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Senior Moments: Settling in the West
mary kenyon
Mary Kenyon

The prospect of land drew settlers to the Roaring Fork Valley in the 1800s (or the 1970s), as did the lure of gold and silver, a chance for a new life, new opportunities or just the wildness of the West (or Aspen). The promise, the optimism, the lure of stunning mountains, rushing rivers, crisp, clean air, pristine wilderness (the elk are bugling as I write this) …  

Looking at the issues facing the older population — defined as 60-plus years of age — in the Mid-Valley — healthcare, housing, transportation and access to critical resources, we often remark that it’s the “price” we pay for deciding to live in these beautiful mountains. Really? When did area seniors set the bar so low? When did we decide to “settle?”

Does nostalgia and the yearning for the “way it was” prevent us from deserving practical and reasonable amenities? Are we so emotionally attached to our way of life that we gallop blindly into a squall of hardship, loneliness and debt? 

In a recent interview, Sally Field (yes, Gidget is now 72) recognized that “you can’t play the end of the scene at the beginning. You can’t know the resolve. You have to recognize that something needs to be fixed.”

The “fix” will inevitably involve change, and we all know that change is scary. But clinging hopelessly to material possessions, habits, routines and status (are you a local?) will lead to a stagnant, seemingly safe spot where life happens around us … not with us.

As a community, once we identify the challenges to senior health, well-being and social and physical resources, we can enlist the assistance of our leadership to accomplish a shared result of thriving in the RFV. They are ready. Are you?

We have mastered living longer. Over 20 percent of the population in the Mid-Valley is over the age of 60. That’s one-in-five and growing. We have established a place to live, a handful of friends, eat reasonably healthy meals (hey, we shop at Whole Foods!) and exercise more than people our age in other parts of the country.

The focus has been on quantity … a full life. Now the focus needs to shift to quality — a good life. The challenge of living longer rests in being prepared for those “extra” years. Who knew that we would, on average, be living 10-plus years longer than anyone planned? At a minimum, the fiscal requirement for these extra years (without medical expenses) approaches an additional half-million dollars.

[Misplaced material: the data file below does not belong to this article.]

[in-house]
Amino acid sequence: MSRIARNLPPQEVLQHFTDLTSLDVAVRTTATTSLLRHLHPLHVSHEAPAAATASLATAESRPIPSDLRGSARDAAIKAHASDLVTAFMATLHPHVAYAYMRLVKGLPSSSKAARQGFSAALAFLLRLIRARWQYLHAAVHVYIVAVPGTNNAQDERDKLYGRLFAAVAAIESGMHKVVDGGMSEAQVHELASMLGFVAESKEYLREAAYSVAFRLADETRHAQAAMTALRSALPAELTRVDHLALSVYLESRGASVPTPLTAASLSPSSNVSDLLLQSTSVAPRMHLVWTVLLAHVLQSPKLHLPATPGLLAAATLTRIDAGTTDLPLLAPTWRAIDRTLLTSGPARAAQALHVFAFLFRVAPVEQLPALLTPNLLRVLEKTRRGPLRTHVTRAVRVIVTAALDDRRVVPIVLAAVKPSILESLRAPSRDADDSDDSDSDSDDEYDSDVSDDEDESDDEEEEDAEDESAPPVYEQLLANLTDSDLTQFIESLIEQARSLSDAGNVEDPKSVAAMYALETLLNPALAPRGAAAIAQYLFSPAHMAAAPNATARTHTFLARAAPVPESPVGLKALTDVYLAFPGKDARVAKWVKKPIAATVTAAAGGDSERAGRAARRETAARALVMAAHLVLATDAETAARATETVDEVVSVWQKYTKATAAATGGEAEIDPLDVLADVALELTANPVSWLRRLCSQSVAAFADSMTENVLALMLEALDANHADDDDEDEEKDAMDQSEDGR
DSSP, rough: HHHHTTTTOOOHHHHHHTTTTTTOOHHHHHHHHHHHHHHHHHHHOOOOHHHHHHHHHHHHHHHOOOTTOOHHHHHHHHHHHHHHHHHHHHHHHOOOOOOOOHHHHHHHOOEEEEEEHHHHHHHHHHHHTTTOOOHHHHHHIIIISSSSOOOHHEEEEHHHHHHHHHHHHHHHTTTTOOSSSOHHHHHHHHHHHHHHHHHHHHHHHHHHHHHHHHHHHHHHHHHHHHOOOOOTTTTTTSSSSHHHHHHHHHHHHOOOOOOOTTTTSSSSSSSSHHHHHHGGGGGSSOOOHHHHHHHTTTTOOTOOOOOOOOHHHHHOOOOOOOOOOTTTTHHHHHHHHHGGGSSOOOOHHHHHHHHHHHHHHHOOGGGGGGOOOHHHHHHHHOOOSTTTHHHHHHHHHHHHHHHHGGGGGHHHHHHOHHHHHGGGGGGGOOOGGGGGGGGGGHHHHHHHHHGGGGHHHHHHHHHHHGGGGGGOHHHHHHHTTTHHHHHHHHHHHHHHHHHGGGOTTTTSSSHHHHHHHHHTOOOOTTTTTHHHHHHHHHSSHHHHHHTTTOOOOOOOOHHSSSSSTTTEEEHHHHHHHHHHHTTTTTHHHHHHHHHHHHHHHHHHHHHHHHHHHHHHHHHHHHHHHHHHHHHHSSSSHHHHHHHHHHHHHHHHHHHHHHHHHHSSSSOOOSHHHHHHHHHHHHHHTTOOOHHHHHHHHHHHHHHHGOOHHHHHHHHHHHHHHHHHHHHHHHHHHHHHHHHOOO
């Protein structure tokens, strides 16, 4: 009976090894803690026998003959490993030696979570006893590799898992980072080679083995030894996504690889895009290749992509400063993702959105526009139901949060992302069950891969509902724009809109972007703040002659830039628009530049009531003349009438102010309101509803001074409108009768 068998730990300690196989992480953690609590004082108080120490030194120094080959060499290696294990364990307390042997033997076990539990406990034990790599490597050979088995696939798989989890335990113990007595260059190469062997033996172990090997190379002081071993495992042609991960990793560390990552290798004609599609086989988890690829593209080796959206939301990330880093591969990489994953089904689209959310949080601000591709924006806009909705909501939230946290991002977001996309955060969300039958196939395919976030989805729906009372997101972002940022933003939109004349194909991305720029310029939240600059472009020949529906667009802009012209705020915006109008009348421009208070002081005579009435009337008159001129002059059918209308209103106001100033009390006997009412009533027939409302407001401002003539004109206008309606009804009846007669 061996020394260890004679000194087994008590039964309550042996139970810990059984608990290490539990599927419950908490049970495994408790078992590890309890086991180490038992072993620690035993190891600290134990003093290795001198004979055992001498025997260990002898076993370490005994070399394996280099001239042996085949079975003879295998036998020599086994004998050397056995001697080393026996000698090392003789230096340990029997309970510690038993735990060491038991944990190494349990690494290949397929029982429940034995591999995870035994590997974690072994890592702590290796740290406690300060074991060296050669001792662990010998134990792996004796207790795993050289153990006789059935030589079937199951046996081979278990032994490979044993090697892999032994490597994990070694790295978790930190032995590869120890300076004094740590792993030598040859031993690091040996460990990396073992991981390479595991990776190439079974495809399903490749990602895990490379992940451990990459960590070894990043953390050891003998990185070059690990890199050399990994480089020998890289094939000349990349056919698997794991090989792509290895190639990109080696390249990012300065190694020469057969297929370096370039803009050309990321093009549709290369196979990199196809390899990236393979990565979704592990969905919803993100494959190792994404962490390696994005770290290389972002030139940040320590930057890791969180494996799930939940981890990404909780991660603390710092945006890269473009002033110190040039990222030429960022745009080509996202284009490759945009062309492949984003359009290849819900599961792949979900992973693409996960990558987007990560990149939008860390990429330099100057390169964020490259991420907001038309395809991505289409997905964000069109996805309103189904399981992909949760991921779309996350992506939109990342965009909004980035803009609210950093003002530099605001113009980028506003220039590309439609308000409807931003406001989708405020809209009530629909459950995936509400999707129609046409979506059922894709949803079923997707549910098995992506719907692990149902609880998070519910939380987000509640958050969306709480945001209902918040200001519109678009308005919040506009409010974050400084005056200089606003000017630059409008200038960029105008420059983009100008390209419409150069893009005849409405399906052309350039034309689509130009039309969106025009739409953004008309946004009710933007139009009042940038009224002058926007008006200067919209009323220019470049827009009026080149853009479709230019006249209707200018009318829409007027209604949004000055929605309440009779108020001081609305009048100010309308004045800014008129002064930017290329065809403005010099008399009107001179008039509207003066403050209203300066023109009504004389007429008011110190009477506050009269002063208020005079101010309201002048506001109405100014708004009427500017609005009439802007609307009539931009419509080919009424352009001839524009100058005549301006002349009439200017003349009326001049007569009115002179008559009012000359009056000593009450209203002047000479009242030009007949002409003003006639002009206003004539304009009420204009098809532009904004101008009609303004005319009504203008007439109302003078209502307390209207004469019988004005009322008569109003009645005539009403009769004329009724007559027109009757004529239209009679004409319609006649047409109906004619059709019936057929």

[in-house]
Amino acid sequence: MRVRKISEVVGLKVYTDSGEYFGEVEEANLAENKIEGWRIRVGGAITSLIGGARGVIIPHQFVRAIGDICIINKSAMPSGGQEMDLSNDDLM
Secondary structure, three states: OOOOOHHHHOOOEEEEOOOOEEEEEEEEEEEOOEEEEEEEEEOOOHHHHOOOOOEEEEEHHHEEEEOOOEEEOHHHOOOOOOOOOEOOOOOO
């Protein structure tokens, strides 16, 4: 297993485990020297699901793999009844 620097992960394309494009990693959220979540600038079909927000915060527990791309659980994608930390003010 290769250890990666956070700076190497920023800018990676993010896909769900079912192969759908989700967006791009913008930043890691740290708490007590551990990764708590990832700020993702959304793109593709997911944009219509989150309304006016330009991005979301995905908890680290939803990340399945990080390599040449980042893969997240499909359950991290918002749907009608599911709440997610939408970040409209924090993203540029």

Look around you. Have you settled into a lovely living space you and your family shared 20 (maybe 30) years ago? Is it more than one level? Does it have stairs and stoops, narrow doors, low seating fixtures (!), high energy bills and an accompanying yard demanding annual projects and weekly chores? Are there extra bedrooms and living spaces where you store your “stuff?”

Do you plan on living your next days, weeks and years there? If you answered “yes” to one or more of any of these questions, you may be surprised, or not, that the Valley does not have the infrastructure to support you. From handyman laborers, landscape services and retrofit professionals to doctors and caregivers, the Roaring Fork Valley cannot currently support its aging population. Something — actually, lots of things — need to be fixed.

At a recent community input-session where the topic of how high in healthiness county residents ranked, it was revealed that the underlying reason for that proud statistic was that, if and when one gets sick, they have to move elsewhere for proximity to healthcare professionals, specialized physicians, rehabilitation facilities and/or family members who can act as caregivers. How is that for an independent lifestyle?

Well, I am not leaving. Something needs to be fixed.

Now is the time to engage our leadership in discussions and enlist their assistance in sustaining quality aging in place — this place, our place. Technological advances, employment opportunities, education and social support need to be addressed in fresh, new creative ways to add “life” to our additional years. Legislative changes to housing regulations allowing co-housing, intergenerational care facilities, shared-services incentives and space, and an interconnected community need to replace our desired independent living with an interdependent community.

Both Eagle and Pitkin counties have been designated as AARP Age Friendly communities, committed to actively working toward making the region a great place for people of all ages. AARP’s initiatives focus on areas such as housing, caregiving, community engagement, volunteering, social inclusion and combating isolation among older citizens.

Sound familiar?

In September, Colorado became the third state in the nation to be named an age-friendly state. According to Governor Hickenlooper, “Lifelong Colorado demonstrates our commitment to making the necessary improvements and provide appropriate resources to strengthen families and our communities.”  

In the coming months, we will be spotlighting replicable innovative, private and community, pioneering efforts that will “fix” our ability to stay in the region, supported by people and services desperately needed and/or desired. (A $45K medical helicopter flight to Grand Junction doesn’t count as an option.) We welcome and need your input. Let’s choose not to settle for what is here (or not here) and act now to make it better for our extra years.

Mary Kenyon is a member of Pitkin County Senior Services. Senior Moments will appear monthly.